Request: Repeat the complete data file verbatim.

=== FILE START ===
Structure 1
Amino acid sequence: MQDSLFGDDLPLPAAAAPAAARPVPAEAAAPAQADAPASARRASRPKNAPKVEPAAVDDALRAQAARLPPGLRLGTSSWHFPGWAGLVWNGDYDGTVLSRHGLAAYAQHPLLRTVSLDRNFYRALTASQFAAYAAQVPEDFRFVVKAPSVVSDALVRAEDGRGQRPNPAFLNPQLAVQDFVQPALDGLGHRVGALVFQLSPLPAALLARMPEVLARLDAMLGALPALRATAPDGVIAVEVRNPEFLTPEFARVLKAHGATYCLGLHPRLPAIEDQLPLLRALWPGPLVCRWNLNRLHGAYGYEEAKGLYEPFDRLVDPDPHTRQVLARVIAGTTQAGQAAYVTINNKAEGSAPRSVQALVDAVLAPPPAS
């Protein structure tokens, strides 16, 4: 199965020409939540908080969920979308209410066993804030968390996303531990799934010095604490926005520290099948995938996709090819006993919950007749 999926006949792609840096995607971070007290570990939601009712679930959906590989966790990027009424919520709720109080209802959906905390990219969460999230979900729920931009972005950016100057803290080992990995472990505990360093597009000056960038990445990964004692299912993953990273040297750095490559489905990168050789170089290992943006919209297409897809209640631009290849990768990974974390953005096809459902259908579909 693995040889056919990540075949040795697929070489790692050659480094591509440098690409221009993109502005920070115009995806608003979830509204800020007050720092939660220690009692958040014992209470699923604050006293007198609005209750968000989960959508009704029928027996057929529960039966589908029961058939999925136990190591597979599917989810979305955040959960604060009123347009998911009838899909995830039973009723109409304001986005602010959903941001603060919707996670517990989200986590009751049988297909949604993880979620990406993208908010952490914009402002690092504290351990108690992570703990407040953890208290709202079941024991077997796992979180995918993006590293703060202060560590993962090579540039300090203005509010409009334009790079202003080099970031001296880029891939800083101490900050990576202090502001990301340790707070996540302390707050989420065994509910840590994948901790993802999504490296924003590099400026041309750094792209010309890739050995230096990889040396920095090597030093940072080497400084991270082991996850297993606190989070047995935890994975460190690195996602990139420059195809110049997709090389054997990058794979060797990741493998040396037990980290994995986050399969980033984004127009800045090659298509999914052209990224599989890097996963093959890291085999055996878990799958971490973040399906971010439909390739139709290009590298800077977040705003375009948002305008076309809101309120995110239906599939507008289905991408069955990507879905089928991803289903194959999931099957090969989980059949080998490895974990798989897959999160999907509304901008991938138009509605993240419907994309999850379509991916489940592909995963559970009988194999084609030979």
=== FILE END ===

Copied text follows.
Structure 1
Amino acid sequence: MQDSLFGDDLPLPAAAAPAAARPVPAEAAAPAQADAPASARRASRPKNAPKVEPAAVDDALRAQAARLPPGLRLGTSSWHFPGWAGLVWNGDYDGTVLSRHGLAAYAQHPLLRTVSLDRNFYRALTASQFAAYAAQVPEDFRFVVKAPSVVSDALVRAEDGRGQRPNPAFLNPQLAVQDFVQPALDGLGHRVGALVFQLSPLPAALLARMPEVLARLDAMLGALPALRATAPDGVIAVEVRNPEFLTPEFARVLKAHGATYCLGLHPRLPAIEDQLPLLRALWPGPLVCRWNLNRLHGAYGYEEAKGLYEPFDRLVDPDPHTRQVLARVIAGTTQAGQAAYVTINNKAEGSAPRSVQALVDAVLAPPPAS
């Protein structure tokens, strides 16, 4: 199965020409939540908080969920979308209410066993804030968390996303531990799934010095604490926005520290099948995938996709090819006993919950007749 999926006949792609840096995607971070007290570990939601009712679930959906590989966790990027009424919520709720109080209802959906905390990219969460999230979900729920931009972005950016100057803290080992990995472990505990360093597009000056960038990445990964004692299912993953990273040297750095490559489905990168050789170089290992943006919209297409897809209640631009290849990768990974974390953005096809459902259908579909 693995040889056919990540075949040795697929070489790692050659480094591509440098690409221009993109502005920070115009995806608003979830509204800020007050720092939660220690009692958040014992209470699923604050006293007198609005209750968000989960959508009704029928027996057929529960039966589908029961058939999925136990190591597979599917989810979305955040959960604060009123347009998911009838899909995830039973009723109409304001986005602010959903941001603060919707996670517990989200986590009751049988297909949604993880979620990406993208908010952490914009402002690092504290351990108690992570703990407040953890208290709202079941024991077997796992979180995918993006590293703060202060560590993962090579540039300090203005509010409009334009790079202003080099970031001296880029891939800083101490900050990576202090502001990301340790707070996540302390707050989420065994509910840590994948901790993802999504490296924003590099400026041309750094792209010309890739050995230096990889040396920095090597030093940072080497400084991270082991996850297993606190989070047995935890994975460190690195996602990139420059195809110049997709090389054997990058794979060797990741493998040396037990980290994995986050399969980033984004127009800045090659298509999914052209990224599989890097996963093959890291085999055996878990799958971490973040399906971010439909390739139709290009590298800077977040705003375009948002305008076309809101309120995110239906599939507008289905991408069955990507879905089928991803289903194959999931099957090969989980059949080998490895974990798989897959999160999907509304901008991938138009509605993240419907994309999850379509991916489940592909995963559970009988194999084609030979």